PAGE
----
New rule closes gate on South African doctors

New regulations are making it difficult for doctors from South Africa hoping to establish family practices in Canada and Margot Schweers is outraged the taps have essentially been turned off on a physician pipeline that's been the lifeblood of her hometown.

The 79-year-old woman lives in Fort St. James, a town of about 4,000 that faces significant challenges with just one family doctor left to serve the area. Schweers says the situation is becoming intolerable, with clinical appointments difficult to obtain and the emergency ward at Stuart Lake Hospital in Fort St. James open only on weekends as health authorities scramble to fill the doctor shortage.

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"This is a problem for Fort St. James because for years we have only had South African physicians and now we are no longer able to recruit out of South Africa," said Schweers.

"I am old, for me it doesn't matter, but can you imagine if you are a young woman and pregnant and each time you have a different doctor. Vanderhoof has 14 doctors and we have one. That is outrageous. We have 4,000 adult people here. It's just a catastrophe."

Last year, federal and provincial health ministries met with South African government officials and agreed to stop recruiting that country's doctors. The BCCPS changed its bylaws in December and no longer accepts the credentials of family doctors who are international graduates unless they were trained in Canada, the U.S., the United Kingdom, Ireland, Australia, or New Zealand. The new rule does not yet apply to specialists.

Northern Health had no alternate but to close the emergency ward in Fort St. James when the husband and wife doctor team of Augustus and Marni van der Spuy moved to Vanderhoof in February. The van der Spuys continue to see patients one day per week at the Fort St. James medical clinic, sharing the workload with Dr. Paul Stent, but their duties in Vanderhoof made it impossible for the van der Spuys to continue their hospital work in Fort St. James.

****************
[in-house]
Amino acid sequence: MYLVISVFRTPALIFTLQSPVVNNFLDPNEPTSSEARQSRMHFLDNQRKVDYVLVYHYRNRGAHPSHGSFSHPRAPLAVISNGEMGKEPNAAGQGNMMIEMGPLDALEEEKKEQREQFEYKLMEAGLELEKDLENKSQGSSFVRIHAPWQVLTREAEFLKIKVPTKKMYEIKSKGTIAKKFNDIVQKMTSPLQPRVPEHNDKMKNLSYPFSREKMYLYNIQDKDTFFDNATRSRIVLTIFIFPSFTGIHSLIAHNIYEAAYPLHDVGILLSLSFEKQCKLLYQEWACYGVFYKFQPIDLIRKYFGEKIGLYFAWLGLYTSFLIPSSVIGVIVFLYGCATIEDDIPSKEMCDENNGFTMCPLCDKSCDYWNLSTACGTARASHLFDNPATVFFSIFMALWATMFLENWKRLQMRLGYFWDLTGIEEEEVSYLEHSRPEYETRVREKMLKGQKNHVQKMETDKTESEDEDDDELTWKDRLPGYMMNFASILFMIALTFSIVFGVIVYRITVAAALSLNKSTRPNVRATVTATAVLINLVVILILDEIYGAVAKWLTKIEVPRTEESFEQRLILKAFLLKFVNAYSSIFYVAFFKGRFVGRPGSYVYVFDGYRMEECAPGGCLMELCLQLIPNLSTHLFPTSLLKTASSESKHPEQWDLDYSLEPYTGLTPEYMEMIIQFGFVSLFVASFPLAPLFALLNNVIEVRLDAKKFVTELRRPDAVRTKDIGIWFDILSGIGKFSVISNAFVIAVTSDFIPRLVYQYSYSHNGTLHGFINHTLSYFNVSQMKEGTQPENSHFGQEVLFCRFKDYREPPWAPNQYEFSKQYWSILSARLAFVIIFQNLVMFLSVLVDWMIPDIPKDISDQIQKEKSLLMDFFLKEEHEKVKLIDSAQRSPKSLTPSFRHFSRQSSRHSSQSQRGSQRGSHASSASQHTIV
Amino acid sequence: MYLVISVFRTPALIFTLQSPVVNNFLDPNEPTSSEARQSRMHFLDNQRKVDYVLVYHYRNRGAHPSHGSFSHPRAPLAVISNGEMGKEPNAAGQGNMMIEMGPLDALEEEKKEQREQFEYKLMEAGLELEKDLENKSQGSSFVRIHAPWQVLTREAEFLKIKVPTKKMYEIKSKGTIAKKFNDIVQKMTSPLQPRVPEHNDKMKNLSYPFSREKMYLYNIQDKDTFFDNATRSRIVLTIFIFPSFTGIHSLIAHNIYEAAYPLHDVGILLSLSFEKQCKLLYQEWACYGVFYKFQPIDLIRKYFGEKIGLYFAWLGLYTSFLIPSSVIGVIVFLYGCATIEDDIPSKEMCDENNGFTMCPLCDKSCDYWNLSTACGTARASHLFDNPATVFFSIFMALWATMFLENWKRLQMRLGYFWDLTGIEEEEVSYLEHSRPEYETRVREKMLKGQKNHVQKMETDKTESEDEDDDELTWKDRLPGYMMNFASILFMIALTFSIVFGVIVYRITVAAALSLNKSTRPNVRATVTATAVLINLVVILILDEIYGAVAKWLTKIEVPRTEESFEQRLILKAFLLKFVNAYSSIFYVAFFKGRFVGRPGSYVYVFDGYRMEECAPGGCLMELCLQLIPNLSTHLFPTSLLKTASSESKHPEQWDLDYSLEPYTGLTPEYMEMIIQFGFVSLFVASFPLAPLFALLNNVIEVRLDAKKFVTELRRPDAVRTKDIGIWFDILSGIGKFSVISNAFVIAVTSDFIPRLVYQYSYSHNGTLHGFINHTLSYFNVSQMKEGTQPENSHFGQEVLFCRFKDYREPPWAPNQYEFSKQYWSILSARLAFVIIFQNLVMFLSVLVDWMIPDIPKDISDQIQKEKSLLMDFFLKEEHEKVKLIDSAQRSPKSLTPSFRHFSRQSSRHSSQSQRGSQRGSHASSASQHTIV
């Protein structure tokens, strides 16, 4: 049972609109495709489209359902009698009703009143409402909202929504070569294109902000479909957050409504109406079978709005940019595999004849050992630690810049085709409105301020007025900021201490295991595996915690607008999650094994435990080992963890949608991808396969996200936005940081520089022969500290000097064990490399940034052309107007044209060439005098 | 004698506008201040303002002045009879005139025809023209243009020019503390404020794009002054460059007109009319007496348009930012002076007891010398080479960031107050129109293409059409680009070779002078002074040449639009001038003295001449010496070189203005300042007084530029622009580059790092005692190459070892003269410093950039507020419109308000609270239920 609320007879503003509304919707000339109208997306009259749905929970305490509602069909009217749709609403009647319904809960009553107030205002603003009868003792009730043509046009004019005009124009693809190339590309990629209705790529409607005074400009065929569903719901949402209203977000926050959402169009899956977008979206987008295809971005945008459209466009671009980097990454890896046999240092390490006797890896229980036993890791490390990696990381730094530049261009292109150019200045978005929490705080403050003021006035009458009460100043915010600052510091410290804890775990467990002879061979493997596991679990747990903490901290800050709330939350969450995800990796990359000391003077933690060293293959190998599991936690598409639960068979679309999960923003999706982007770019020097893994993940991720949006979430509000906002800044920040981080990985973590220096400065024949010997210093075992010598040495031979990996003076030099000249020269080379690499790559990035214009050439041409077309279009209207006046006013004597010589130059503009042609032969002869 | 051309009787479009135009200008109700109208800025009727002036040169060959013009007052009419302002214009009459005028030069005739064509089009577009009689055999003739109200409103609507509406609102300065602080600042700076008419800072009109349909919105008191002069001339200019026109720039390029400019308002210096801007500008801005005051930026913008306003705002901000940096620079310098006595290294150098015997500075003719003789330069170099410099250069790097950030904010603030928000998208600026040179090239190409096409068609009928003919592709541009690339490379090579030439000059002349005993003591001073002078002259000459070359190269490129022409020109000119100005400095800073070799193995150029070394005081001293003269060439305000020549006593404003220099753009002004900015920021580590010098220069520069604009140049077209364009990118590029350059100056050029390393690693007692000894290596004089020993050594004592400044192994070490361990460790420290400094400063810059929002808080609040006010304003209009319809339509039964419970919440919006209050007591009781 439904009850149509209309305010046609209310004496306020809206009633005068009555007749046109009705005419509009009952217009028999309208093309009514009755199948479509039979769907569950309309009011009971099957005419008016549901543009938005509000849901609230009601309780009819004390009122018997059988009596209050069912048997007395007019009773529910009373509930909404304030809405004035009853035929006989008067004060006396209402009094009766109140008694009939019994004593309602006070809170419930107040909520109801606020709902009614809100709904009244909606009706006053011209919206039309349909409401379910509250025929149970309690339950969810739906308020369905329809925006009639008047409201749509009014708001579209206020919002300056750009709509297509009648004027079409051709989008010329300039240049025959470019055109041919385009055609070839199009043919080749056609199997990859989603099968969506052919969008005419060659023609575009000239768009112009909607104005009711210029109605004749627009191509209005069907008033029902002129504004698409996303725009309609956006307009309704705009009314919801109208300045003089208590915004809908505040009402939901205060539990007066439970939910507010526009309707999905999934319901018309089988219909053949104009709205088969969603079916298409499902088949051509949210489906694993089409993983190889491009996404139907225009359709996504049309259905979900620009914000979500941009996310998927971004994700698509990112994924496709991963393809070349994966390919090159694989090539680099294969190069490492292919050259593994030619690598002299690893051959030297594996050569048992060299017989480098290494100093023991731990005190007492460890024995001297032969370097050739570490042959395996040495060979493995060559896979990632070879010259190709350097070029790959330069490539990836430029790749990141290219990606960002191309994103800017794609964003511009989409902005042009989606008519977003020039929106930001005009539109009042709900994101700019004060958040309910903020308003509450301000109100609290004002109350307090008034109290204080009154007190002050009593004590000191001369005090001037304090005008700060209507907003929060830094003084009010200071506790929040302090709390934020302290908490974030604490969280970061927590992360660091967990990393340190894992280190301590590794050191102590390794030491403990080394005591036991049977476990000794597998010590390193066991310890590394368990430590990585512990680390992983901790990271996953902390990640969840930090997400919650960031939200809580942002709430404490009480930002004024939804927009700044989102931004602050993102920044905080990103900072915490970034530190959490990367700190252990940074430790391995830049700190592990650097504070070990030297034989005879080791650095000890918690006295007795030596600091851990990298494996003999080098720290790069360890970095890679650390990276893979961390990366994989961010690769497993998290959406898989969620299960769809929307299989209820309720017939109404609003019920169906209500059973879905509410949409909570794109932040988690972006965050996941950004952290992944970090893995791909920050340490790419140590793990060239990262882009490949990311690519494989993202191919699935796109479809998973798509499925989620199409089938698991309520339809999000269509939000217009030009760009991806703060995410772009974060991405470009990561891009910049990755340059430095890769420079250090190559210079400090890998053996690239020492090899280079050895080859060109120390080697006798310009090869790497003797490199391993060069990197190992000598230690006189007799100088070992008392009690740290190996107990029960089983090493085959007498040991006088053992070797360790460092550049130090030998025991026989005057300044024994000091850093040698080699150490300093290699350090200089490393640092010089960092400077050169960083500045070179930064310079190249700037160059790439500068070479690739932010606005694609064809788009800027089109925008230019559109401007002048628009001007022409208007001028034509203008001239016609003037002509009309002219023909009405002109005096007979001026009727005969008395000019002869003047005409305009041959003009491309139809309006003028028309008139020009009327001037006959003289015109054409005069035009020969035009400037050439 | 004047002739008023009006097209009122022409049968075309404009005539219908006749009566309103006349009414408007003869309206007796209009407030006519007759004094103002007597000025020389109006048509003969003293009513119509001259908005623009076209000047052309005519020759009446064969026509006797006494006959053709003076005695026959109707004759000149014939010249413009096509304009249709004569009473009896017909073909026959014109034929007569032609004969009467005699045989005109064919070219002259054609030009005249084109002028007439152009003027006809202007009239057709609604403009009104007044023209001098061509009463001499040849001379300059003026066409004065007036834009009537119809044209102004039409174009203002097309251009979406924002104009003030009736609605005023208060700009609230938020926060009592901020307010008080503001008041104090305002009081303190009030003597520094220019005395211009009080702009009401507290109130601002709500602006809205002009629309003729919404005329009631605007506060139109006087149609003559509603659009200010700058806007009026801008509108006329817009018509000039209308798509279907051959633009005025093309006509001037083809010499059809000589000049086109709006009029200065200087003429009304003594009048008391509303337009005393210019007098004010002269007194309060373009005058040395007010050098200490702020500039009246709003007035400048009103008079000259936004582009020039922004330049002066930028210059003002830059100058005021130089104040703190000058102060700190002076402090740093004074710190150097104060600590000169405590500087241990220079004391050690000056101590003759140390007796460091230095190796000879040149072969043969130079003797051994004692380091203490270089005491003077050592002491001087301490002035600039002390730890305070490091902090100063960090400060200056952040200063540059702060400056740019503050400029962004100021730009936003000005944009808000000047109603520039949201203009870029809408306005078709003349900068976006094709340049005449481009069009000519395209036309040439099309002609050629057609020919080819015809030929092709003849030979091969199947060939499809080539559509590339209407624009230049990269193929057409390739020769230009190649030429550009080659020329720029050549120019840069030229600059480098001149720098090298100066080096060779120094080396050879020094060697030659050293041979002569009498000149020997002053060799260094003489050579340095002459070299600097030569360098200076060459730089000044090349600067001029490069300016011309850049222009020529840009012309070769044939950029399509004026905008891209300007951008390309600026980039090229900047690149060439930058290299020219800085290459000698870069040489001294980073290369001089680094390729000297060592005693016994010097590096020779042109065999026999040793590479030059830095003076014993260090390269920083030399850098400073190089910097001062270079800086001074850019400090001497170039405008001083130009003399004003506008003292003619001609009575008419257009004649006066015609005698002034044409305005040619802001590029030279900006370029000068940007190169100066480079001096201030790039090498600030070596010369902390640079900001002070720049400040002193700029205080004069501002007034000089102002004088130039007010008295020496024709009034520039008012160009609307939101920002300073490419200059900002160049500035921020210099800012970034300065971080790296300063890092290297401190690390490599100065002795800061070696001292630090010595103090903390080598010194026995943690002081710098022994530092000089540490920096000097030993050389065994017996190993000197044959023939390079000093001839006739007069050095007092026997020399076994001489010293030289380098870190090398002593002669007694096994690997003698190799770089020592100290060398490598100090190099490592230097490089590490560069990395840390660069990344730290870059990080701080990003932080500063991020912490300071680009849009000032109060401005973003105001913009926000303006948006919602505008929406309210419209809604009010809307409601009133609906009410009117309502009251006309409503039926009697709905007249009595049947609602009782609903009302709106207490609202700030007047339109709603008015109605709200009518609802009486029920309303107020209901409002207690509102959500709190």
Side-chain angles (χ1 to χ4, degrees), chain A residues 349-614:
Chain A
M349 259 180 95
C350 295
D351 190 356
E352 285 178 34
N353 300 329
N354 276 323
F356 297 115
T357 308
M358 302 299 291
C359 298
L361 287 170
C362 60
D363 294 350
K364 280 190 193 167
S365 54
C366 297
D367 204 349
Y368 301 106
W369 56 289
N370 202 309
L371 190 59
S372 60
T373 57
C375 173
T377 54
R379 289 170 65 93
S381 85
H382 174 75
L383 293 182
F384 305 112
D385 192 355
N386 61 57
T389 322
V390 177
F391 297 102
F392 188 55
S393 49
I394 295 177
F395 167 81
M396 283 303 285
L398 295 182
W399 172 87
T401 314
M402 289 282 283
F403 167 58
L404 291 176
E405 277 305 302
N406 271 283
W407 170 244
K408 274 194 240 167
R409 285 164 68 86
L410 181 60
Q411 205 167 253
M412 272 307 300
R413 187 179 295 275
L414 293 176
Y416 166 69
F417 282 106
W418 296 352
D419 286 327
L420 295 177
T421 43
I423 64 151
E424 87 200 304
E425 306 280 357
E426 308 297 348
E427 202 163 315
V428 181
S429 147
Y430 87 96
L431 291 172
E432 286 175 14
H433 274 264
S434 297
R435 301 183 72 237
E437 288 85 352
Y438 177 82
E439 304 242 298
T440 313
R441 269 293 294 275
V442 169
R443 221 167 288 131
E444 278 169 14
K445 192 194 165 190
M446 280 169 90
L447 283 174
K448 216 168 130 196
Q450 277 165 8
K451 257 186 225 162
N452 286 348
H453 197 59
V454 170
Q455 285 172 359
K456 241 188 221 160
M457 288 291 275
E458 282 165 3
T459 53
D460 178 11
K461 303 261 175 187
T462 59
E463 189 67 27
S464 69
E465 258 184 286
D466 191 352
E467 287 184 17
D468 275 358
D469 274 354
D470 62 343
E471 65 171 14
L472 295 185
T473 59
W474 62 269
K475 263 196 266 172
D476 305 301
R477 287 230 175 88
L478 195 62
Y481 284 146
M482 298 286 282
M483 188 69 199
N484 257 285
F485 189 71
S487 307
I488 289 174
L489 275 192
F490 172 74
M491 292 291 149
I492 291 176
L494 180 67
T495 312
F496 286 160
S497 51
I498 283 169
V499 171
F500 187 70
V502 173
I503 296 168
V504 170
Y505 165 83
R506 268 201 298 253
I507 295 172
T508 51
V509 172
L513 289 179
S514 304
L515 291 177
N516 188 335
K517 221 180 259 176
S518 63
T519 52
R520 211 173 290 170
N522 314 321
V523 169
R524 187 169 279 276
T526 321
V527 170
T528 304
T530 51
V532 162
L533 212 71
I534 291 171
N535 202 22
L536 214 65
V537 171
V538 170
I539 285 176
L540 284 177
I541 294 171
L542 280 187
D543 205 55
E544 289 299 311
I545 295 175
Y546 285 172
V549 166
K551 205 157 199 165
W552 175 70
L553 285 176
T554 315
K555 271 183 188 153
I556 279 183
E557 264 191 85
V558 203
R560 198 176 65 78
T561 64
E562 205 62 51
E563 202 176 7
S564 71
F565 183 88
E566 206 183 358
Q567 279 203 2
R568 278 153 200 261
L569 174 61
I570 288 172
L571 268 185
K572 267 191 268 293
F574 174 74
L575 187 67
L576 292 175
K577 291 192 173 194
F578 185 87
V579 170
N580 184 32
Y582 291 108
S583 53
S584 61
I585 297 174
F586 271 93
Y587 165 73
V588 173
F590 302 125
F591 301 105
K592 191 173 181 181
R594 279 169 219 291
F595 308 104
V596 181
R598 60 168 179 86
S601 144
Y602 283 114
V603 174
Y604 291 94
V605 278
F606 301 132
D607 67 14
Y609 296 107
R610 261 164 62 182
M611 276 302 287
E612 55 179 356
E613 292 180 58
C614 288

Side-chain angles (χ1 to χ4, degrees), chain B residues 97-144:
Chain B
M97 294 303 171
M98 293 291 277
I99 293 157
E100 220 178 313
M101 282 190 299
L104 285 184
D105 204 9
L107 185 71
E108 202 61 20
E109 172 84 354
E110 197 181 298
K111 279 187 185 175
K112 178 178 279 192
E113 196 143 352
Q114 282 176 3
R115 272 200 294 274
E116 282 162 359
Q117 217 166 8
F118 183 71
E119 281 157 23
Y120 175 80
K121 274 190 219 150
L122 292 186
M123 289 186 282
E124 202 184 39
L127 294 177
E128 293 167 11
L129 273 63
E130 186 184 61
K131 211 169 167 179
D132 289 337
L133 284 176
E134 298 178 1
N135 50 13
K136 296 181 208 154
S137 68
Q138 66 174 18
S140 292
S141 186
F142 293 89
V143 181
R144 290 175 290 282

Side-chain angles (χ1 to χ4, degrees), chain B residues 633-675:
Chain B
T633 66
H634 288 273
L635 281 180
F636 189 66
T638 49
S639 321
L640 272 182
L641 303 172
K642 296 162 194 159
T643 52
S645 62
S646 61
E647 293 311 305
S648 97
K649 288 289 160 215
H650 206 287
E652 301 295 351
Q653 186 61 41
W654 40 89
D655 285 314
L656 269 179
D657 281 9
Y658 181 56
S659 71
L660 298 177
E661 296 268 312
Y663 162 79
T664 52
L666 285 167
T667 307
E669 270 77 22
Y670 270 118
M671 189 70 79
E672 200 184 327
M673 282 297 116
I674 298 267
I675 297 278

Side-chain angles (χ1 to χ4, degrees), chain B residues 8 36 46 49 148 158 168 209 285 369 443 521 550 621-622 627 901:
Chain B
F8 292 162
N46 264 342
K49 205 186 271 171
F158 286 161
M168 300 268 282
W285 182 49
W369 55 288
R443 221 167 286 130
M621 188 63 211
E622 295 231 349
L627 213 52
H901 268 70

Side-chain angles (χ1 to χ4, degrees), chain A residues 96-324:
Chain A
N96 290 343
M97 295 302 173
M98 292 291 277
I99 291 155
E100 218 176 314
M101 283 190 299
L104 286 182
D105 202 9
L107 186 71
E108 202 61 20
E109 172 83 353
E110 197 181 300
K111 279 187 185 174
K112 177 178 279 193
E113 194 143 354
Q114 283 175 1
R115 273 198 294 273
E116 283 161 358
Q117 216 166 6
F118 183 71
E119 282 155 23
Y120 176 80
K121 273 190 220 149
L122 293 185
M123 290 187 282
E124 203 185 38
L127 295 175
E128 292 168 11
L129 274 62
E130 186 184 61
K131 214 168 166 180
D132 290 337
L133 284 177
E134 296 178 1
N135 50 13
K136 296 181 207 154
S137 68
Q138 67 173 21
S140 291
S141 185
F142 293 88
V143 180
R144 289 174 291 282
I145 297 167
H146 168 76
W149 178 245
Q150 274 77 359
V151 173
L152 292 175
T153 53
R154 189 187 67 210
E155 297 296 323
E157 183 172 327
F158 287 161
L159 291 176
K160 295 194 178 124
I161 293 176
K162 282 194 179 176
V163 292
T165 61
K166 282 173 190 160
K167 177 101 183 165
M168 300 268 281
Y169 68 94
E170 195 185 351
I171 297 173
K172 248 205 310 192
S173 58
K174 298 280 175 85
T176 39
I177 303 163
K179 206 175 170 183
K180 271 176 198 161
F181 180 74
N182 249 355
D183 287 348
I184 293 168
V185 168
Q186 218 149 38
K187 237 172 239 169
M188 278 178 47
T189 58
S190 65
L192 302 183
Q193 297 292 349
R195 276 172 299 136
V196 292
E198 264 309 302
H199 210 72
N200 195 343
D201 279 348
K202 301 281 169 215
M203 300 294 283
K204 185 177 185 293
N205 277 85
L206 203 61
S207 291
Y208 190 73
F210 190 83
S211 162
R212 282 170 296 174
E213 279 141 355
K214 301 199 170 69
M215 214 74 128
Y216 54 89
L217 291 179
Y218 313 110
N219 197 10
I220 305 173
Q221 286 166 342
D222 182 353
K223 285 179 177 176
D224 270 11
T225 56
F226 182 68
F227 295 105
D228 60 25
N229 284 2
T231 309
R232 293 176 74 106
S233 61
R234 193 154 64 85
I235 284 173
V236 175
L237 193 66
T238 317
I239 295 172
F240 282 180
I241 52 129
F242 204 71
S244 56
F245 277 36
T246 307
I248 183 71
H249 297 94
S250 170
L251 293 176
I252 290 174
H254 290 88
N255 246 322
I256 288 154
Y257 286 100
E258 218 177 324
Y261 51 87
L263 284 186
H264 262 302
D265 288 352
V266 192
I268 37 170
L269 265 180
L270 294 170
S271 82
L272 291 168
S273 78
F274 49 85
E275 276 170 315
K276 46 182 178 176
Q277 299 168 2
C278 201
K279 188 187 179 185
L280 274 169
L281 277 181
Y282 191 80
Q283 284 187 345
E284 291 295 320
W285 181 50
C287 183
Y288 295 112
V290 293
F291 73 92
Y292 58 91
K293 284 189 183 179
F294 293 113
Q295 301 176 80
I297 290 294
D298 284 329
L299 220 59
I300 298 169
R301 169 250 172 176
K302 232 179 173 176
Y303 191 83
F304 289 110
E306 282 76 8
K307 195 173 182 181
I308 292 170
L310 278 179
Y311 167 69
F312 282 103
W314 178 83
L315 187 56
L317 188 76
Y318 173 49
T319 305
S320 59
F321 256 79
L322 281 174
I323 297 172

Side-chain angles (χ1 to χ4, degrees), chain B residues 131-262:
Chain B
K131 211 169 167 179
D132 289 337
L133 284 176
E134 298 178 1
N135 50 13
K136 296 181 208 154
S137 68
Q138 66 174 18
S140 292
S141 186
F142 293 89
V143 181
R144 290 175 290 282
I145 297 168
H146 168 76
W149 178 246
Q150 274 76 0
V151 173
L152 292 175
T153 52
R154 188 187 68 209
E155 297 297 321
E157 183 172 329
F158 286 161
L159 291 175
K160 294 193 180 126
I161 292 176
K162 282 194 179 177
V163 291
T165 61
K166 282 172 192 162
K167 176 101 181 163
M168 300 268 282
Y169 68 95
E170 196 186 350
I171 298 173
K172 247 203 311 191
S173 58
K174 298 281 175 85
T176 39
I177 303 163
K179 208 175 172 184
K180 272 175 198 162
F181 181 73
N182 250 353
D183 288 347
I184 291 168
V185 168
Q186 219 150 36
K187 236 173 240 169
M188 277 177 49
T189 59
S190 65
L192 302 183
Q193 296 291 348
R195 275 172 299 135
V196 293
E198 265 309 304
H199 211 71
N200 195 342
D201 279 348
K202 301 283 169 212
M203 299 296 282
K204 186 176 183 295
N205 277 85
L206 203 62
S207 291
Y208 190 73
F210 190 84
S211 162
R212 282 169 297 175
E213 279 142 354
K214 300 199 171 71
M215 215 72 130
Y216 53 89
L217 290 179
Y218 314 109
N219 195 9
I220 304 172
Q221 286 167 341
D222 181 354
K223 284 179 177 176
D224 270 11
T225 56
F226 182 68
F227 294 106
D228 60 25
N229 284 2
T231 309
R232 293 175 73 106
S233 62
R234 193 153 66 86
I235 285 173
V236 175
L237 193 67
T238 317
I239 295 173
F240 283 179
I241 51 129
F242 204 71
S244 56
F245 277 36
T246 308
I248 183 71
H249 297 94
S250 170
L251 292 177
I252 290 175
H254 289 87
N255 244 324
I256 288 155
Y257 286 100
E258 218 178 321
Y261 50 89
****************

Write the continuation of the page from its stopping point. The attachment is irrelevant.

Schweers can't understand why the province, in agreement with other provincial jurisdictions across Canada, would cut off one of its most reliable sources of medical expertise. Last year alone there were 41 South African doctors writing certifying exams to work in B.C. and 15 more who were approved by the B.C. College of Physicians and Surgeons (BCCPS), more than from any other country.

"I was really ashamed when I talked to my doctor," Schweers said. "I find it so horrible to belittle those people. They study for years, they pay for their education and they wrote their doctor thesis. They don't come here to clean floors. I really hope Health Minister Mike de Jong is listening."

When Stent arrived in Fort St. James from South Africa in 1989, he was able to work out the formal regulatory details of his employment while he saw to patients. Since that time, the Fort St. James team of doctors has been almost exclusively South African-trained. But the rules have changed, and the gate into B.C. has closed.

For general practitioners trained outside of the accepted six countries, before they are allowed to work as doctors in Canada they now have to go through a performance assessment. However, there is no system in place in B.C. to prove the competency of those potential recruits.

"We are very much hoping to implement a competency assessment program at some point," said Susan Prins, director of communications for the BCCPS. "The difficulty with these kinds of comprehensive workplace assessments is they are very resource-intensive and quite costly to implement.

"With the limited health dollars, the ability to adequately fund these kinds of assessment programs becomes quite significant if you weigh them against other worthwhile initiatives, one of which might be increasing the number of postgraduate residency positions for international medical graduates."

Saskatchewan does provide that assessment service, which keeps South Africa open as a potential source of family physicians. In 2009, Saskatchewan had 1,832 medical doctors, and of that total, 277 family doctors and 96 specialists were South African, the highest per capita concentration of South African physicians of any province in Canada.

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